student wrote: Kat will say something or Kat said that... both point toward primarily toward what Kat is doing. Tell points more towards the content of the speech (i.e., the direct object). For example, Kat will tell a story
Yes Kat can tell a story but she can also tell me something or say something to me.
Tell + story is just a colocation, for me it has nothing to do with meaning.
Tell someone something and say something to someone are the same in every way other than this grammar difference with direct and indirect object... say requiring "to" and tell not.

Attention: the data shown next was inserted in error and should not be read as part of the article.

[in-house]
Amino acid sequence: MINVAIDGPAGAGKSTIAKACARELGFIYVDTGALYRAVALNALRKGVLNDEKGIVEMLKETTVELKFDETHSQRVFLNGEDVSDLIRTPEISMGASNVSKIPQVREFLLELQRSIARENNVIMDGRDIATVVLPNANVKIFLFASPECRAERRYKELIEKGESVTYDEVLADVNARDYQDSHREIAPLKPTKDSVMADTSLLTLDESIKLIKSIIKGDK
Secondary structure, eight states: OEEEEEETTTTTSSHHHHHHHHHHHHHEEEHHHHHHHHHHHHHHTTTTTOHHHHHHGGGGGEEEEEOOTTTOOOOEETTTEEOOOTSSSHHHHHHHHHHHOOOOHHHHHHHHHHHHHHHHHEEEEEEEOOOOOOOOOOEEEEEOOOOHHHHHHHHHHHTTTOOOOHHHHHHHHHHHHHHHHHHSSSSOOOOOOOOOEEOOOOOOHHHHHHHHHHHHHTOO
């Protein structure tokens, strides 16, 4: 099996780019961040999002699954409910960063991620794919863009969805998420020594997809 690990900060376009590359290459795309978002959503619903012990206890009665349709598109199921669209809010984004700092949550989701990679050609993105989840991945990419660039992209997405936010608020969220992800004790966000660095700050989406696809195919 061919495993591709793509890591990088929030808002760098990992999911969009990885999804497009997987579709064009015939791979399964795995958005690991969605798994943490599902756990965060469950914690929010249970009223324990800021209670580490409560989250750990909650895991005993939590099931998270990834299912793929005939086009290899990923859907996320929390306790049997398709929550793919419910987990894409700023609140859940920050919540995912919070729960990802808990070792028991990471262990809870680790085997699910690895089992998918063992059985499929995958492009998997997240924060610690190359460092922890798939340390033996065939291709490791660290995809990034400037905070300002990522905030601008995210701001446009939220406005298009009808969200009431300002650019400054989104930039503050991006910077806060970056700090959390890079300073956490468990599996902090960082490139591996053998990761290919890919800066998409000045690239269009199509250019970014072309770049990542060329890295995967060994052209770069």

Kat will tell some random words .
Again to me it's just colocation, grammar of habbit and not of meaning or nuance.
Just the same as we say "light" a cigarette not "start" a cigarette. or "ignite" a cigarette, it's just a collocation.
another example you can say extremely happy but not highly happy. Just habit dictating what sounds write and wrong, not meaning.